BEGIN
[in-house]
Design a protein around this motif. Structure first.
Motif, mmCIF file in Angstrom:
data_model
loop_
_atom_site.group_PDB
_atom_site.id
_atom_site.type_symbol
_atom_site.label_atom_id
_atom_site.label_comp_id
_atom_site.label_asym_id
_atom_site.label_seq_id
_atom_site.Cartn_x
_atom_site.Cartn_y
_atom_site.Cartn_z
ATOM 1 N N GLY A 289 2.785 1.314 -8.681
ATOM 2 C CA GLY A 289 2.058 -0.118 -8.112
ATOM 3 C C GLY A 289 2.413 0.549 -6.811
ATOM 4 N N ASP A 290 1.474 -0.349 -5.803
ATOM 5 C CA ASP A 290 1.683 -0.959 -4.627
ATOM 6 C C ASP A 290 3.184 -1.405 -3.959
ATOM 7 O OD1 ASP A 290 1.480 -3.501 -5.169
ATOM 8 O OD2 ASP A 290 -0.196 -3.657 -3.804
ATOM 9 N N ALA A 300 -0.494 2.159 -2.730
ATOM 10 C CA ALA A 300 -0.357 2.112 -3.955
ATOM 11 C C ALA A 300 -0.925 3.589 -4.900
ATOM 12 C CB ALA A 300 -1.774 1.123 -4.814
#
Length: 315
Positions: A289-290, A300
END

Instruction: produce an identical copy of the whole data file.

[in-house]
Design a protein around this motif. Structure first.
Motif, mmCIF file in Angstrom:
data_model
loop_
_atom_site.group_PDB
_atom_site.id
_atom_site.type_symbol
_atom_site.label_atom_id
_atom_site.label_comp_id
_atom_site.label_asym_id
_atom_site.label_seq_id
_atom_site.Cartn_x
_atom_site.Cartn_y
_atom_site.Cartn_z
ATOM 1 N N GLY A 289 2.785 1.314 -8.681
ATOM 2 C CA GLY A 289 2.058 -0.118 -8.112
ATOM 3 C C GLY A 289 2.413 0.549 -6.811
ATOM 4 N N ASP A 290 1.474 -0.349 -5.803
ATOM 5 C CA ASP A 290 1.683 -0.959 -4.627
ATOM 6 C C ASP A 290 3.184 -1.405 -3.959
ATOM 7 O OD1 ASP A 290 1.480 -3.501 -5.169
ATOM 8 O OD2 ASP A 290 -0.196 -3.657 -3.804
ATOM 9 N N ALA A 300 -0.494 2.159 -2.730
ATOM 10 C CA ALA A 300 -0.357 2.112 -3.955
ATOM 11 C C ALA A 300 -0.925 3.589 -4.900
ATOM 12 C CB ALA A 300 -1.774 1.123 -4.814
#
Length: 315
Positions: A289-290, A300